British Air Strike Called Off

London -- The union representing flight attendants at British Airways has called off a strike scheduled to begin at midnight after the airline agreed to a pay increase for workers.

The agreement means that two, three-day strikes scheduled for next month have also been aborted. Despite today's announced agreement, the threat of a strike has thrown British Airways and its customers into disarray.

"Unfortunately, the decision has come too late to prevent disruption to the travel plans of tens of thousands of our customers tomorrow and Wednesday," Willie Walsh, British Airways' chief executive, said in a statement today.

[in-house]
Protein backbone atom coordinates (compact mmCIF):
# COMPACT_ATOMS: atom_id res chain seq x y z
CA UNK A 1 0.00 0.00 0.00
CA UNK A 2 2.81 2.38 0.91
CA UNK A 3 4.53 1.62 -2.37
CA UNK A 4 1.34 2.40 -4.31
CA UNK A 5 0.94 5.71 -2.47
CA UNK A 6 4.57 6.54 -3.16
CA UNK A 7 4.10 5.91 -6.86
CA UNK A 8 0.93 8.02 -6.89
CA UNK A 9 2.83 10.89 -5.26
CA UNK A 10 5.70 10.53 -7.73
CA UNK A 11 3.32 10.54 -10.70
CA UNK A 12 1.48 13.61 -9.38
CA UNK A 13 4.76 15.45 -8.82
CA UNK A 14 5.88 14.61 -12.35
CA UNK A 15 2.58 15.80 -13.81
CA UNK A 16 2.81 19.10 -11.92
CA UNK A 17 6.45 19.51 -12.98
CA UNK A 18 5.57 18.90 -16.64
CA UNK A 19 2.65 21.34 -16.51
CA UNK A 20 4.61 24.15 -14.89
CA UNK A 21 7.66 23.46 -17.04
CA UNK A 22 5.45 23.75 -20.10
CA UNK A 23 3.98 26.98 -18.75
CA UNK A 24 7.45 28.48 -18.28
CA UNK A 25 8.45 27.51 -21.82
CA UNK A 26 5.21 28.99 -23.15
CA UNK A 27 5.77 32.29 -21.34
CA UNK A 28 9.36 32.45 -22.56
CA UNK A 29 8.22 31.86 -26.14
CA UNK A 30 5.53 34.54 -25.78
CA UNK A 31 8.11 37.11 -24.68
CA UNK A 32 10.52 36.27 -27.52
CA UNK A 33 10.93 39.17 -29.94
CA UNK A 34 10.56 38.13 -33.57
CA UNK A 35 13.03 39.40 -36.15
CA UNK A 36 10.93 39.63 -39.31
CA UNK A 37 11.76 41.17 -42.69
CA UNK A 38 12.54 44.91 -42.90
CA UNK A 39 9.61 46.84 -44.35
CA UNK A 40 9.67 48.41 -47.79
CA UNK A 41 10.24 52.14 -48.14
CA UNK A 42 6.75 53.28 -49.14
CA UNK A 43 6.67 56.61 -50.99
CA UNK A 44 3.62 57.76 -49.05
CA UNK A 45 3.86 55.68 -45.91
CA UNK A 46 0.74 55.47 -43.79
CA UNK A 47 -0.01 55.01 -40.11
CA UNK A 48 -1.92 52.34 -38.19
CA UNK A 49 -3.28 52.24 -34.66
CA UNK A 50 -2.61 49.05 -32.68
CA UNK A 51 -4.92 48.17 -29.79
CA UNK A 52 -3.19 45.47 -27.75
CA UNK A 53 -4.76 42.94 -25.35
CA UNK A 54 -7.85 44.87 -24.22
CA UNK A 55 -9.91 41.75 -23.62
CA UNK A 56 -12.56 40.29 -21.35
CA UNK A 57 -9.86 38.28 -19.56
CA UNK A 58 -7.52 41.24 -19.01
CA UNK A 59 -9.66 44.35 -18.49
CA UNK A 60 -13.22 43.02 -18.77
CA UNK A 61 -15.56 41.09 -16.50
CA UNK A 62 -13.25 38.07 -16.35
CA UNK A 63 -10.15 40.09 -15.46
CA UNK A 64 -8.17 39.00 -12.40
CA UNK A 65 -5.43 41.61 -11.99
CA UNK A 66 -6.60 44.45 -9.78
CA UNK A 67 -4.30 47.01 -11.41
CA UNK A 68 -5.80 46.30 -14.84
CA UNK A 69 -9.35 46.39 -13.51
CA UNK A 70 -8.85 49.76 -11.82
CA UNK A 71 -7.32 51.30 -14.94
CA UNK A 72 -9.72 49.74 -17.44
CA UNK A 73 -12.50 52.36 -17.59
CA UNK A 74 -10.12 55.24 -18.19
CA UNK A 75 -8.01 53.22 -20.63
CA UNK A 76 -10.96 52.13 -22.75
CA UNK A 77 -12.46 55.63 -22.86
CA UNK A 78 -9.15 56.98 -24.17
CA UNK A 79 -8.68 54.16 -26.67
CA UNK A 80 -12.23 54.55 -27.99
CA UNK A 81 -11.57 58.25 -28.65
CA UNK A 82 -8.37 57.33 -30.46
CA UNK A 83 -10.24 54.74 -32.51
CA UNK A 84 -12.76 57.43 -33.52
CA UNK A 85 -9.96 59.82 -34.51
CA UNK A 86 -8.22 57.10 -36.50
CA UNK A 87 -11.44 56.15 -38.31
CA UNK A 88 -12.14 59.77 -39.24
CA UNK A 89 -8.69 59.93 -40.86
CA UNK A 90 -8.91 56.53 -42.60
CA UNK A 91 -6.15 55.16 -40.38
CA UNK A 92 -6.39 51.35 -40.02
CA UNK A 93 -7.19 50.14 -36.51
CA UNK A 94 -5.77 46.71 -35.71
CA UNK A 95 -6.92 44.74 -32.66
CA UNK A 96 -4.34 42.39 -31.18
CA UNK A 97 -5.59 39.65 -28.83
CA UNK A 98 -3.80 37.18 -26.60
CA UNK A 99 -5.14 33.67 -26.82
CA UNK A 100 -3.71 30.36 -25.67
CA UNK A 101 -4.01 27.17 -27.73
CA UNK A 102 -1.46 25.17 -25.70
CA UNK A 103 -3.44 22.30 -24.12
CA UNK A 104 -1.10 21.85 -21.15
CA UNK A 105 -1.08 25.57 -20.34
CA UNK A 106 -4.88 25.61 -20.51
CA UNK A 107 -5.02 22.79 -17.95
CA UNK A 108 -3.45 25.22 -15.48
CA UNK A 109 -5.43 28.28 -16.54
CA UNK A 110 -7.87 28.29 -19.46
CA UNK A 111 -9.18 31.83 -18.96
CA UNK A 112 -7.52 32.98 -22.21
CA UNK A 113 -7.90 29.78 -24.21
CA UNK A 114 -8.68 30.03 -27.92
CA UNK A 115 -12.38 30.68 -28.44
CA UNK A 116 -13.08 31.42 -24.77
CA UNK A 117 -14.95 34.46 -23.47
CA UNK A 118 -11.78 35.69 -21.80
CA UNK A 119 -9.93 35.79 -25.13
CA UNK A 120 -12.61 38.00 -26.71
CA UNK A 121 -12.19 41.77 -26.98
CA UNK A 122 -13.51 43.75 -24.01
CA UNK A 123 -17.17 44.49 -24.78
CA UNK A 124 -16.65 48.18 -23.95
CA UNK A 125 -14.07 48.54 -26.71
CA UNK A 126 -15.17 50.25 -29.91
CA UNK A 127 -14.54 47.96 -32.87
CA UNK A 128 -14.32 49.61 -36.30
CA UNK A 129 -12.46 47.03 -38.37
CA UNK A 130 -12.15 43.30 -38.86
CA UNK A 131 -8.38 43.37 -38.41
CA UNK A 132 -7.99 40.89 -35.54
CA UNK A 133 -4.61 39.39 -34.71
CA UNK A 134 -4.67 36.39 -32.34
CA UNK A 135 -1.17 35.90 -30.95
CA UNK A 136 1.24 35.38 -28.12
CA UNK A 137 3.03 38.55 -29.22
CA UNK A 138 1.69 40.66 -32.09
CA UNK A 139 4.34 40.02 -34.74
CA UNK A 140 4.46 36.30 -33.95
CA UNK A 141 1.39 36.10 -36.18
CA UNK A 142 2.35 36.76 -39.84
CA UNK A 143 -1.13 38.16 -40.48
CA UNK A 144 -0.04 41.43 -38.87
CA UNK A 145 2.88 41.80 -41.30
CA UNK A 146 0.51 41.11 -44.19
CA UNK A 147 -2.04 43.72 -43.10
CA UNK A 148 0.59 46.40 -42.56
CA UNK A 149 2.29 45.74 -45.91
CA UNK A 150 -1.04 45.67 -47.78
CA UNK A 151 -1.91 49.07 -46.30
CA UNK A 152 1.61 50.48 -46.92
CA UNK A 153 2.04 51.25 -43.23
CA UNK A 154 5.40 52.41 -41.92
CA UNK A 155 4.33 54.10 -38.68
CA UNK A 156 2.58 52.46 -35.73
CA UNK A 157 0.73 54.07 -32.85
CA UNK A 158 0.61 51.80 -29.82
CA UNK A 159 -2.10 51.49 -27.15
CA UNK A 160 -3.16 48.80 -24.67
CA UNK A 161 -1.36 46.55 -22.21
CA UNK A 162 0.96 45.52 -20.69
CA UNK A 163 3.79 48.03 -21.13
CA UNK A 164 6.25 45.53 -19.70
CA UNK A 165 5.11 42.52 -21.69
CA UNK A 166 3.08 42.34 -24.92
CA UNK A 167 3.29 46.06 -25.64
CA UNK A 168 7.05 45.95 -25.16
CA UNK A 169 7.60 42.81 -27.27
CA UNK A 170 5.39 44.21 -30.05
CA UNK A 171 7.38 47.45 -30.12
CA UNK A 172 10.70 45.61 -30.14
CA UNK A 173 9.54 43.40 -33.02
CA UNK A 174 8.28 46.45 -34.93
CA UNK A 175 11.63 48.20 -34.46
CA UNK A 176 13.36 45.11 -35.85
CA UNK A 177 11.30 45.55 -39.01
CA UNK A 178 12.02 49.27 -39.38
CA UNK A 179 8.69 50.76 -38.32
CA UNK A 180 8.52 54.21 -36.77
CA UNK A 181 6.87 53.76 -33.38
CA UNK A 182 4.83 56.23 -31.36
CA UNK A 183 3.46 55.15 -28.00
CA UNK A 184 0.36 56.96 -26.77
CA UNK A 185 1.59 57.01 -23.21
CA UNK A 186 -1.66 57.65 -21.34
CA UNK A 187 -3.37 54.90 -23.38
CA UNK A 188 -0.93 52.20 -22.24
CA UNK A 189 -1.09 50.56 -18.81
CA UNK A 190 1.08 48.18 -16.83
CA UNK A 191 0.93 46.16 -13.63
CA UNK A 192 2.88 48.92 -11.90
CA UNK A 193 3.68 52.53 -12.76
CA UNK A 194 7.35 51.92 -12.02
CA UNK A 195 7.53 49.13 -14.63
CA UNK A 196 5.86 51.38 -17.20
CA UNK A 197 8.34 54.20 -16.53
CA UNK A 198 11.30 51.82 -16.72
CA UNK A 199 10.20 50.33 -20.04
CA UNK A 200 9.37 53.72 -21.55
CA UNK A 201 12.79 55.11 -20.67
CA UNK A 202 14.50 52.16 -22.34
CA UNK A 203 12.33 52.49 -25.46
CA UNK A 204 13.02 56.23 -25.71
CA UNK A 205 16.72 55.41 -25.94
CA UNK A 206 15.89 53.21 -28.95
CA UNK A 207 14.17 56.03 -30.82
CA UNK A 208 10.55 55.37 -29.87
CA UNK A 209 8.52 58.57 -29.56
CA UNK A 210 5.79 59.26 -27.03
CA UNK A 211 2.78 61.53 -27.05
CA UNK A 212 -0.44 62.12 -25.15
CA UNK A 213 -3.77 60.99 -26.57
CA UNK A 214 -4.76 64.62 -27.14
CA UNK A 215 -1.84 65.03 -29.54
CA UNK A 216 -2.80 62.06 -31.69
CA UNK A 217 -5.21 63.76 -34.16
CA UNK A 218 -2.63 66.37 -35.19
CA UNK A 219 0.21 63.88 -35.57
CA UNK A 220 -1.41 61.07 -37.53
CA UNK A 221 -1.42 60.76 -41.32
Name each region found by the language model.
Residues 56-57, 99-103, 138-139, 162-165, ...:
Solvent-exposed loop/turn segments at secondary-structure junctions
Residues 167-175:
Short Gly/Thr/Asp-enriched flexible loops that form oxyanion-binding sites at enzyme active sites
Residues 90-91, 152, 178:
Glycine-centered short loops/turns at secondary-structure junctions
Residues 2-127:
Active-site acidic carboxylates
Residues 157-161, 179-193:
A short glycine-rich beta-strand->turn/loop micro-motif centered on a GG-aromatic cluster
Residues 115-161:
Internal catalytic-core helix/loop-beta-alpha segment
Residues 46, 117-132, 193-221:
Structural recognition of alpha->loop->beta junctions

The airline, which had canceled 1,300 flights in anticipation of the strike, said all long-haul routes and some short-haul flights will be restored.

Customers who want to travel on reinstated flights tomorrow and Wednesday should contact British Airways or their travel agents, the company advised.

The Transport and General Workers' Union (T&G), which represents about 75 percent of British Airways' 14,000 cabin crew members, said it won a 4.6 percent pay deal and a more favorable wage structure.

The T&G had originally planned to strike for three days, starting today, but it cancelled the first day of the walkout to continue negotiations.

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